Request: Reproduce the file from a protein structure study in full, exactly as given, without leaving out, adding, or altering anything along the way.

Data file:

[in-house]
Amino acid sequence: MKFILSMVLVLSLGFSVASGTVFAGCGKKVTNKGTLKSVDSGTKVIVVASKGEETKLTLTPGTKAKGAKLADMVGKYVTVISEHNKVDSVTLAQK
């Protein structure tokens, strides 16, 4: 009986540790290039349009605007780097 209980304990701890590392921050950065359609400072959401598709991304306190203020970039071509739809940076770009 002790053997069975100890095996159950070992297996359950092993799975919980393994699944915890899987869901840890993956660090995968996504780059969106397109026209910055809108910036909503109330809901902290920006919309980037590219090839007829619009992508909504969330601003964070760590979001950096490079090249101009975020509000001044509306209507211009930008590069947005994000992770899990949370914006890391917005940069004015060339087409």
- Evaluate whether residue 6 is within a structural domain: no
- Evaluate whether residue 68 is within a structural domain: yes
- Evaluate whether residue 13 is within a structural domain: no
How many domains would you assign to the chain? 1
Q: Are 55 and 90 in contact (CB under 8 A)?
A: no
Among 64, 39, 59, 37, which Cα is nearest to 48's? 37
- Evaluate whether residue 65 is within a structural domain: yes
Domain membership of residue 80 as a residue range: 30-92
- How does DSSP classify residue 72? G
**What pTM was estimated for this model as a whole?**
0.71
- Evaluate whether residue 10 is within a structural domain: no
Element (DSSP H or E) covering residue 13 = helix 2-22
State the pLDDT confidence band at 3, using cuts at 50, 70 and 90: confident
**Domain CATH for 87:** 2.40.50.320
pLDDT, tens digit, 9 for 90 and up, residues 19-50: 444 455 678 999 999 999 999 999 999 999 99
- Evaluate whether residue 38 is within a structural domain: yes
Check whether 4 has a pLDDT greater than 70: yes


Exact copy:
[in-house]
Amino acid sequence: MKFILSMVLVLSLGFSVASGTVFAGCGKKVTNKGTLKSVDSGTKVIVVASKGEETKLTLTPGTKAKGAKLADMVGKYVTVISEHNKVDSVTLAQK
């Protein structure tokens, strides 16, 4: 009986540790290039349009605007780097 209980304990701890590392921050950065359609400072959401598709991304306190203020970039071509739809940076770009 002790053997069975100890095996159950070992297996359950092993799975919980393994699944915890899987869901840890993956660090995968996504780059969106397109026209910055809108910036909503109330809901902290920006919309980037590219090839007829619009992508909504969330601003964070760590979001950096490079090249101009975020509000001044509306209507211009930008590069947005994000992770899990949370914006890391917005940069004015060339087409």
- Evaluate whether residue 6 is within a structural domain: no
- Evaluate whether residue 68 is within a structural domain: yes
- Evaluate whether residue 13 is within a structural domain: no
How many domains would you assign to the chain? 1
Q: Are 55 and 90 in contact (CB under 8 A)?
A: no
Among 64, 39, 59, 37, which Cα is nearest to 48's? 37
- Evaluate whether residue 65 is within a structural domain: yes
Domain membership of residue 80 as a residue range: 30-92
- How does DSSP classify residue 72? G
**What pTM was estimated for this model as a whole?**
0.71
- Evaluate whether residue 10 is within a structural domain: no
Element (DSSP H or E) covering residue 13 = helix 2-22
State the pLDDT confidence band at 3, using cuts at 50, 70 and 90: confident
**Domain CATH for 87:** 2.40.50.320
pLDDT, tens digit, 9 for 90 and up, residues 19-50: 444 455 678 999 999 999 999 999 999 999 99
- Evaluate whether residue 38 is within a structural domain: yes
Check whether 4 has a pLDDT greater than 70: yes